Equine Resources | Horse Ownership
Taking Care of Horses
The most important function of horse ownership is taking proper care of your horse or horses. While each equestrian wants to improve their own horsemanship, the proper care of the horses is job one. Horses are entirely dependent on their owners and can only perform well while being kept in a favorable environment and receiving the appropriate diet, vaccinations, and hoof care.
We are seeing more frequent and more severe natural disasters such as wild fires, flooding, hurricanes, and tornados, all of which threaten our own well being and that of our horses. While not every natural disaster is foreseeable, there is planning that can be done to protect ourselves and our animals. For example, having an evacuation plan to move our animals out of harms way. This may include access to a horse trailer and determining a safe place to temporarily house your animals.
It also means planning on feed, hay, and water for humans and animals whether staying at home or traveling. The more you plan ahead the more likely you will be able to care for your animals during and after a disaster.
Horse Ownership Chores
Horse ownership brings with it many responsibilities and not a small amount of expense. Horses need to be fed, watered, mucked, and sheltered which entails at least twice a day chores.
Horses hooves must be attended to every six weeks or so and this chore is usually performed by a farrier, but alternatively can be done by a trained person.
Horses must get shots four times a year as prevention against equine diseases and rabies. To ignore these vaccinations is to place your horses at risk. While some horse owners prefer to give these shots themselves, many arrange with an equine veterinarian for a regular schedule of shots.
Horses also require grooming in the form of brushing, washing, clipping, and trimming manes and tails.
Challenges of Horse Ownership
Horse ownership presents two challenges to the owner. First is the performance of tasks associated with keeping a health horse, and second is the expense involved. The chores take time and physical stamina or someone else must be paid to perform the chores. Not performing the chores of horse ownership is not an option. Thus, horse owners must be constantly evaluating their financial and physical ability required to own a horse.
The Horse Owner's Well Being
Horse ownership usually involves some sacrifices in terms of time and money. However, the horse owner's obligation is to themselves in terms of maintaining their own health and reasonable financial stability. Using all resources to support horses is not a lasting life style or in the best interest of the horse or owner.
When its Time to Give up Your Horses
When a horse owner can no longer take care of a horse for whatever reason, it is the obligation of the horse owner to seek other arrangements for the good of the horse. Emotions must be put aside and the horse's well being put first.
Since rehoming a horse takes time in terms of a sale or otherwise, the decision should be made as soon as the horse owner sees problems with continued horse ownership. Too many horses end up in poor condition from lack of proper care and become rescues or put downs that didn't need to be.
Since most horse owners cherish their horses, it makes sense to have a plan in the event of the owner's serious illness or death. What do you want done with your horses if you are not around to care for them anymore? Making a special Horse Will that describes how you want your horses treated after you're gone makes a lot of sense. It is not fair to leave that task to your horses without suvivors knowing your wishes.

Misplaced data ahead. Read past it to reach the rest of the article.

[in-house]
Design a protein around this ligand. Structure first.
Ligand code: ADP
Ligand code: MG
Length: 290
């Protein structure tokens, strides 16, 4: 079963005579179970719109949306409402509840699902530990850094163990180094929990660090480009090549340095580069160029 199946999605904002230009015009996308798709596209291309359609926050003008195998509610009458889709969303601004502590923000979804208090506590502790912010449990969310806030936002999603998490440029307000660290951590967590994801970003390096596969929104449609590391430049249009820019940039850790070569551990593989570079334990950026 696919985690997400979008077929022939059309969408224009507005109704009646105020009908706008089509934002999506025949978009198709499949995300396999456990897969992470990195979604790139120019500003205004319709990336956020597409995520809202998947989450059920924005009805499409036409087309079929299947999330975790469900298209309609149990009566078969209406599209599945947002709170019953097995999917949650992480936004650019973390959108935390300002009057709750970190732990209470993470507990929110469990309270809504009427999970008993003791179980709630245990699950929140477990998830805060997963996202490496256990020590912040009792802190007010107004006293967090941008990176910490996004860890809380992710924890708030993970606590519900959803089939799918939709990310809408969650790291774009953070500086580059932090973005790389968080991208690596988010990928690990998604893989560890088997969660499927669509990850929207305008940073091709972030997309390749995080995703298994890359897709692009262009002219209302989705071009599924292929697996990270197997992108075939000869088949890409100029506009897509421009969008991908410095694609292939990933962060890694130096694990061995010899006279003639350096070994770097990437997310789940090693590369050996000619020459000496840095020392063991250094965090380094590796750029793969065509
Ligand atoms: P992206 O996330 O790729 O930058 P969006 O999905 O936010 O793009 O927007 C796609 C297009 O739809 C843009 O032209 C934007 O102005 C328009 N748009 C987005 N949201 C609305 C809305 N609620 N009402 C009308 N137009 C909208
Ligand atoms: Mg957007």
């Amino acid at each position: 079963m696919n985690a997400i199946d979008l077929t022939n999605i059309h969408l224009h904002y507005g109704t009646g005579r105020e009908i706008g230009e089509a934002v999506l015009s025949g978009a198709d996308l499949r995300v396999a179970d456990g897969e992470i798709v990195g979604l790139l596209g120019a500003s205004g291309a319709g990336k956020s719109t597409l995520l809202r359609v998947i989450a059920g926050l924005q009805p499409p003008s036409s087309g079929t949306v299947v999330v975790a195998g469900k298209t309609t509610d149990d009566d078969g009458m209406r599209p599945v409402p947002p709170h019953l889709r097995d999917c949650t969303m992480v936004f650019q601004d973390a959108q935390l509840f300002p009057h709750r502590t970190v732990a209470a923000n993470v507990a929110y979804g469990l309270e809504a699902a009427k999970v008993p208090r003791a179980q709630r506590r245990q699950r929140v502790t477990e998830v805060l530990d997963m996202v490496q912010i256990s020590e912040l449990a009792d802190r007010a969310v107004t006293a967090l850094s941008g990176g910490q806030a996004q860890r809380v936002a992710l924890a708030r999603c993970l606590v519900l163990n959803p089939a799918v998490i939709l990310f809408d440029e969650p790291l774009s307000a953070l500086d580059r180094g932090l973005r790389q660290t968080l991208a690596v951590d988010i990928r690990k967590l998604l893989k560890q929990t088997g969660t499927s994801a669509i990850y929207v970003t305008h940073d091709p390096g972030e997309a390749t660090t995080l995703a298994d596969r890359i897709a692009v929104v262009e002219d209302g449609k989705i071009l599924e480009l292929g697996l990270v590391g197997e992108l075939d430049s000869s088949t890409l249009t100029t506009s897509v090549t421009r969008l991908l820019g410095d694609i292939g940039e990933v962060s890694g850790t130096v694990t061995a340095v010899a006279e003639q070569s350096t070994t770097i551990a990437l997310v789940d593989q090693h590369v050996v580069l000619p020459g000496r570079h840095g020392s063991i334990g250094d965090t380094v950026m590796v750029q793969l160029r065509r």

Many people like to keep their horses on their own property, and thus have all the chores everyday. While most horse owners perform these chores themselves, many also have help in some form. Its also a good idea to have someone who can back you up in times of emergencies or vacation.
Along with backyard horse comes the cost of hay, feed, and pest control not to mention the tools of the trade such as water buckets, feed storage containers, and muck forks.
A popular alternative to keeping horses on your property, is boarding the horses at a boarding barn. This entails finding a suitable barn and budgeting for the boarding expense. Horse stables offer different levels of service that can help the busy horse owner. You will want to check the reputation of any barn before making a decision.
Testing Horse Ownership
One way to get started as a horse person is to lease a horse. Depending on the terms of the lease, you will have a fixed cost every month and not have the stress of dealing with unforeseen emergencies. You also do not have to come up with the purchase price. If you don't like the horse or want to move on, you can terminate the lease without having to deal with finding a new home for the horse.
Alternatives to Horse Ownership
If you love horses, but feel you can't afford the time and money involved, there are several ways you can be around horses, including riding horses for someone else. There are plenty of volunteer opportunities at horse rescue and horse therapy organizations that will help you learn what you need to know about horses. And you can commit only the amount of time you can afford.
Working with Horses
Many horse lovers choose careers that will keep them in contact with horses even if they don't own a horse. Since the skill levels of equestrian jobs vary from unskilled workers up to Equine Veterinarians, there are horse jobs for everyone. Many people work as grooms and exercise riders in the horse racing business. Others become specialists such as farriers, veterinarian assistants, or barn managers. Some are professional riders who compete on the show circuit riding other people's horses.
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